We examined the relationship between abdominal visceral fat (AVF) and plasma concentrations of lipids and lipoproteins in 19 females (F) (not on estrogen) and 31 males (M) over the age of 60 (age = 66.8 years). In addition, the effects of growth hormone (GH) release, fitness (Vo(2) peak), insulin, and glucose concentrations (both fasting and in response to an oral glucose tolerance test) on lipids were examined. Subjects were categorized by low (L) and high (H) AVF (L < 130 cm(2), H > 130 cm(2)), fat mass (FM) (above or below median value), and AVF corrected for fat mass. Factorial analysis of variance (ANOVA) showed that when subjects were divided by AVF and FM, similar results were observed with H > L (P <.05) for very-low-density lipoprotein-cholesterol (VLDL-C), triglycerides (TG), VLDL-TG, apolipoprotein (apo)-B, apo-B VLDL, cholesterol (Chol)/high-density lipoprotein (HDL), LDL/HDL, apoB/A1 and L > H for HDL, HDL(2), HDL(3), apo A1, and LDL/apo-B LDL. Gender differences were also observed with F > M for Chol, LDL, HDL, and HDL(2). When AVF was corrected for FM, these gender differences were still present. After correcting for FM, differences remained between H and L AVF groups for VLDL, TG, VLDL-TG, apo-B, apo-B LDL, apo-B VLDL, apoB/A1 (P <.05). Twenty-four hour integrated GH concentration (IGHC) was inversely related to VLDL, TG, VLDL TG, LDL TG, apoB, apoB VLDL, apoB LDL, Chol/HDL, LDL/HDL, and apoB/A1 in F, but not M (P <.05). Vo(2) peak was directly related to Chol, LDL, HDL(3), and apoB LDL with stronger relationships observed in F. Fasting insulin was related to lipids and lipoproteins in both men and women. These data suggest that, in older adults, elevated levels of AVF, FM, and AVF corrected for FM are associated with unfavorable lipid-lipoprotein profiles and extend similar findings reported in younger males and females with elevated AVF. These data also support previous findings indicating that AVF is a primary determinant of GH release.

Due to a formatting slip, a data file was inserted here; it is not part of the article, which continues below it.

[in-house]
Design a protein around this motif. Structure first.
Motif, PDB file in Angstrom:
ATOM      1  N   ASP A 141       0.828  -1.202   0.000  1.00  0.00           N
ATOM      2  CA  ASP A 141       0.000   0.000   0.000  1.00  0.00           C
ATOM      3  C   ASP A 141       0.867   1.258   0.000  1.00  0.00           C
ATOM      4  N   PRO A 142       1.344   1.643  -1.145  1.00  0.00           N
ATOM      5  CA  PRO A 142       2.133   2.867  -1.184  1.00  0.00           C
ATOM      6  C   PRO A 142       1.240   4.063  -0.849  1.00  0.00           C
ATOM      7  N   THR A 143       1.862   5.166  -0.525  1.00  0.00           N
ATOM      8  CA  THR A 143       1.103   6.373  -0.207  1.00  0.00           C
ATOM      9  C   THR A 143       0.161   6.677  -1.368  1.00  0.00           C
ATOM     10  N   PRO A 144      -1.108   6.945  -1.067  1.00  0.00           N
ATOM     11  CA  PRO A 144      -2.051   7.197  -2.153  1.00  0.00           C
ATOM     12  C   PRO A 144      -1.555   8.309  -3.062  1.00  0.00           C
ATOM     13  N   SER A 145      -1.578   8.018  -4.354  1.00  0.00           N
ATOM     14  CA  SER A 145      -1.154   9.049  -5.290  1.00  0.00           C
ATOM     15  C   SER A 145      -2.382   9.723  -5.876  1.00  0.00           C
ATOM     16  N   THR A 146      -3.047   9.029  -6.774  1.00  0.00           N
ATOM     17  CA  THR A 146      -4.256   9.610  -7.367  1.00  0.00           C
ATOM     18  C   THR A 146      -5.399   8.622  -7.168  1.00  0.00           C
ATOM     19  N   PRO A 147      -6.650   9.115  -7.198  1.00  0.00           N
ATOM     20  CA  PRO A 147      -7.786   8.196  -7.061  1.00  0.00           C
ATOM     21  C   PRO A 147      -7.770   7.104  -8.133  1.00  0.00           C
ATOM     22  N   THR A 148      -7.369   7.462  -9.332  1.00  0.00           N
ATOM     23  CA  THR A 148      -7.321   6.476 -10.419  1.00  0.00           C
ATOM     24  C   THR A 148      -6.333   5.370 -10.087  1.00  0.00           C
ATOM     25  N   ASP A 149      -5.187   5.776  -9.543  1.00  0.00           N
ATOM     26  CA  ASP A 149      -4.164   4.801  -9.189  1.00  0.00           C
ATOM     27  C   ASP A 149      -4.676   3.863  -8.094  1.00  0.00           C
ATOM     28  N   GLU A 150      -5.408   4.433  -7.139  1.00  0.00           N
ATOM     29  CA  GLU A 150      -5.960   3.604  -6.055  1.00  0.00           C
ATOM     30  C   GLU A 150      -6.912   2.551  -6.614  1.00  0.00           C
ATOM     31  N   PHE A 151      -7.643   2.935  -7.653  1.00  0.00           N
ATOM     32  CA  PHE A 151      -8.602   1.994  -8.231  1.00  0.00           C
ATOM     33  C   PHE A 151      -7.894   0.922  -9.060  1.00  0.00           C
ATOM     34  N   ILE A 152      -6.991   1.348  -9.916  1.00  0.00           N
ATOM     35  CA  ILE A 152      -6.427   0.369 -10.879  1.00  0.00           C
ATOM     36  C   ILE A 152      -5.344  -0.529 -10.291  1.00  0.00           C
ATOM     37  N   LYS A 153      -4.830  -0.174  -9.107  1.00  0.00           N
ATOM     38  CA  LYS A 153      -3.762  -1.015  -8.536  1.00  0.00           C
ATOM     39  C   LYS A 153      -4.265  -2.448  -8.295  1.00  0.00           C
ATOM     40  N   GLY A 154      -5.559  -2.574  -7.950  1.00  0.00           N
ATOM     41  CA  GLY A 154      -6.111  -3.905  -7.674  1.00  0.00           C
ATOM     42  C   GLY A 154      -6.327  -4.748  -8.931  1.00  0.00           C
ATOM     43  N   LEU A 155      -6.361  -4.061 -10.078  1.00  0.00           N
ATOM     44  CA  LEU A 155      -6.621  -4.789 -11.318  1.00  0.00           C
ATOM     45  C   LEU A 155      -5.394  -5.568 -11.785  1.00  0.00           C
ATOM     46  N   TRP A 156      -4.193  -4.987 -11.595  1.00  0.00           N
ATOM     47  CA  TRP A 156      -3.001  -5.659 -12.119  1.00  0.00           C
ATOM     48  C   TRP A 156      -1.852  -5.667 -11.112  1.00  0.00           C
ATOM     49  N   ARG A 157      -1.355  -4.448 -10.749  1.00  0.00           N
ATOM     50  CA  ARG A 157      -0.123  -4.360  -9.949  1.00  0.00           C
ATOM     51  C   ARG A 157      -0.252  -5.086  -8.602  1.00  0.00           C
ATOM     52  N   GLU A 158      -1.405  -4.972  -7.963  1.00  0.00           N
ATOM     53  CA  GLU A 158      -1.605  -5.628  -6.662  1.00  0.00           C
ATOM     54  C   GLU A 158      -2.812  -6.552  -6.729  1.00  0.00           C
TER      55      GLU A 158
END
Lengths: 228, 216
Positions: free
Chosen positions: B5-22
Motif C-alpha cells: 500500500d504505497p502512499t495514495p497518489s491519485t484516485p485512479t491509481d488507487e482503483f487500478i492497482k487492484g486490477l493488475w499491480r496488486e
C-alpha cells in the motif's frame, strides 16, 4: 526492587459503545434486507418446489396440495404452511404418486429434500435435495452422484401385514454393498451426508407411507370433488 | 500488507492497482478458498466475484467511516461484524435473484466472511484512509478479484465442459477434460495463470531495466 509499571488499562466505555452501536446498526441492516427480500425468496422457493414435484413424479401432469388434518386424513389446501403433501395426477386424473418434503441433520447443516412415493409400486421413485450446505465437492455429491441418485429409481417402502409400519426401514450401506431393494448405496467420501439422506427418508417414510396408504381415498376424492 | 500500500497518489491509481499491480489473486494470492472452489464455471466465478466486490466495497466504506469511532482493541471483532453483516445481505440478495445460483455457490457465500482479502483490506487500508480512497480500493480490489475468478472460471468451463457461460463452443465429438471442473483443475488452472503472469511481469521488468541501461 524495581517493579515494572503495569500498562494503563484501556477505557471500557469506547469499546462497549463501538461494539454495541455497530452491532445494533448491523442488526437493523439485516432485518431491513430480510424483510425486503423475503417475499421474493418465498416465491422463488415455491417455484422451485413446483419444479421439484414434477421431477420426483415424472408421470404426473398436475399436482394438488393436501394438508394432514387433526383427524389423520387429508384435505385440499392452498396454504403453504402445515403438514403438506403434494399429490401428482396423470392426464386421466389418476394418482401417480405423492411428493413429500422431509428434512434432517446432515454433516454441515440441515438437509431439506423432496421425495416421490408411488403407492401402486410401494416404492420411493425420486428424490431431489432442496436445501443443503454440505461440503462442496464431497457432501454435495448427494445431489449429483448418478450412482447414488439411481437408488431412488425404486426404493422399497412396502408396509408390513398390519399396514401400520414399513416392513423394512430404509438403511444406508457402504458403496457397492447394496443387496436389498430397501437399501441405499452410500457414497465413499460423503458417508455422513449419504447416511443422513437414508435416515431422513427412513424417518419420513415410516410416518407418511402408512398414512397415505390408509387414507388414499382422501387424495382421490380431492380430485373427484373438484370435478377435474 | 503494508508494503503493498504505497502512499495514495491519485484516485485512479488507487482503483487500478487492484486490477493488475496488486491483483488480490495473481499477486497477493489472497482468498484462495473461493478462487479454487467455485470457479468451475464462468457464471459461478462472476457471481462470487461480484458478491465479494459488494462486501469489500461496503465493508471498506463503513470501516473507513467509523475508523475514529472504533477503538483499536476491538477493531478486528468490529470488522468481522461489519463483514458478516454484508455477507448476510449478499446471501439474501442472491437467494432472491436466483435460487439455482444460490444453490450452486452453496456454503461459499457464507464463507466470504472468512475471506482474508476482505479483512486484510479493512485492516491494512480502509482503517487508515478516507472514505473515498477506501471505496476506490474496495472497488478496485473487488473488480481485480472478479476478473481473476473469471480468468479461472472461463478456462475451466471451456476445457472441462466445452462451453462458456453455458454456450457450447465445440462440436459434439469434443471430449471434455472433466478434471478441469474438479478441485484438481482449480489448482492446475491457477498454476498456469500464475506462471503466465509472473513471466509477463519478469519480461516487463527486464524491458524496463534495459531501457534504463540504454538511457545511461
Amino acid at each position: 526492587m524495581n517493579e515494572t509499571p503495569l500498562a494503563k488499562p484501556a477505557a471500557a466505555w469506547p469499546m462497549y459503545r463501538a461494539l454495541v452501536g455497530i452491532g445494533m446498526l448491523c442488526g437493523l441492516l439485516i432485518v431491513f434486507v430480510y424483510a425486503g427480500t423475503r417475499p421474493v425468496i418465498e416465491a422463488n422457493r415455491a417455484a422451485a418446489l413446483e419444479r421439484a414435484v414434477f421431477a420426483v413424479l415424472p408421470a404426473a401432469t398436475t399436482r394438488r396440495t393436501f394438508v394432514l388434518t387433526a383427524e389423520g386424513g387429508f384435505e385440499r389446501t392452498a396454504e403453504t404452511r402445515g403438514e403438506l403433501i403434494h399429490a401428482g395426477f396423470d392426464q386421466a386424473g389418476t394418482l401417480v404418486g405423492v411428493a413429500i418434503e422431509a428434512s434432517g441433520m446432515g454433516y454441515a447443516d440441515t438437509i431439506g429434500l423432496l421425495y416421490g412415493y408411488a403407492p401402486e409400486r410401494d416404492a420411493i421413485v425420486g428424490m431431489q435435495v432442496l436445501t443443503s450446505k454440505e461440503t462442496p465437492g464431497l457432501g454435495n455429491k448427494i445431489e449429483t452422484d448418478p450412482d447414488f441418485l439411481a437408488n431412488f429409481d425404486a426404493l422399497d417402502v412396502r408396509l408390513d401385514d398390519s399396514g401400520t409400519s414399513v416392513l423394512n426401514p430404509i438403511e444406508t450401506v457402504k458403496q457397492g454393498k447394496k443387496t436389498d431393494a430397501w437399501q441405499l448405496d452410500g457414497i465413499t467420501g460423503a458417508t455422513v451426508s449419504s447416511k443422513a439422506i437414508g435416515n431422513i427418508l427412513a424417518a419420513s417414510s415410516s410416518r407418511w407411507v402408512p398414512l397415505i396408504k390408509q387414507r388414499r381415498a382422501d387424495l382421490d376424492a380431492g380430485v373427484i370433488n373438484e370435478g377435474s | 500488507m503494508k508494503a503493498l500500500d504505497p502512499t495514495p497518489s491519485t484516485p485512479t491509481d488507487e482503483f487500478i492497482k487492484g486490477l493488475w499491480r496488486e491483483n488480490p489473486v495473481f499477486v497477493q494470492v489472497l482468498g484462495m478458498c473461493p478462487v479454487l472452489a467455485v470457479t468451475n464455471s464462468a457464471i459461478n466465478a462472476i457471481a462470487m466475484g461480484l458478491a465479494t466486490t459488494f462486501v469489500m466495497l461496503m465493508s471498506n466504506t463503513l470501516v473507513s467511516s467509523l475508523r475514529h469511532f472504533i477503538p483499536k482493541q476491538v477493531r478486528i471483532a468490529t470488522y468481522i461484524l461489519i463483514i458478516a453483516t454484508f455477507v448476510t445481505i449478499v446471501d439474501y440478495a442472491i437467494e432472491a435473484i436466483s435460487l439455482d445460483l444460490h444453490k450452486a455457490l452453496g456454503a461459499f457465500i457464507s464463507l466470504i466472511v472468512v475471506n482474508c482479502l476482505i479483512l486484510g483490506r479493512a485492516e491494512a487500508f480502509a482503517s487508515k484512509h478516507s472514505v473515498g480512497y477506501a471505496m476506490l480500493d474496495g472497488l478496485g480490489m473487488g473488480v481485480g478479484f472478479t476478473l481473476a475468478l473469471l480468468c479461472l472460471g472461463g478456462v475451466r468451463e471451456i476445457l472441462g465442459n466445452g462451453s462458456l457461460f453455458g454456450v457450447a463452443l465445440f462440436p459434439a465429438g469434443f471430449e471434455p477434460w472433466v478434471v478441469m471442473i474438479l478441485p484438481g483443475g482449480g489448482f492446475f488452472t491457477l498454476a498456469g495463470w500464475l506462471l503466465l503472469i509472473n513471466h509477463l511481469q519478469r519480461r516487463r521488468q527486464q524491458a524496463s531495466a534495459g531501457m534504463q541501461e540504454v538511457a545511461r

|Number of pages||8|
|Journal||Metabolism: Clinical and Experimental|
|State||Published - Jan 2003|
Bibliographical noteFunding Information:
From the Departments of Human Services, Medicine, and Health Evaluation Sciences, University of Virginia, Charlottesville, VA; Departments of Medicine, Food Science and Nutrition, and Lipid Research Center, Laval University, Ste.-Foy, Quebec, Canada; and the Pennington Biomedical Research Center, Baton Rouge, LA. Submitted April 5, 2002; accepted July 23, 2002. Supported in part by National Institutes of Health (NIH) Grant No. RO1-AG-10997 (to M.L.H.) and by General Clinical Research Center (GCRC) Grant No. NIH-RR-00847. Presented in part at the 8th International Congress on Obesity, Paris, France, August 29-September 3, 1998; and at the International Symposium on Endocrinology of Aging, Tempe, AZ, October 27-30, 1999. Address reprint requests to Arthur Weltman, PhD, Exercise Physiology Laboratory/Memorial Gym, University of Virginia, Charlottesville, VA 22903. Copyright 2003, Elsevier Science (USA). All rights reserved. 0026-0495/03/5201-0008$35.00/0 doi:10.1053/meta.2003.50007
ASJC Scopus subject areas
- Endocrinology, Diabetes and Metabolism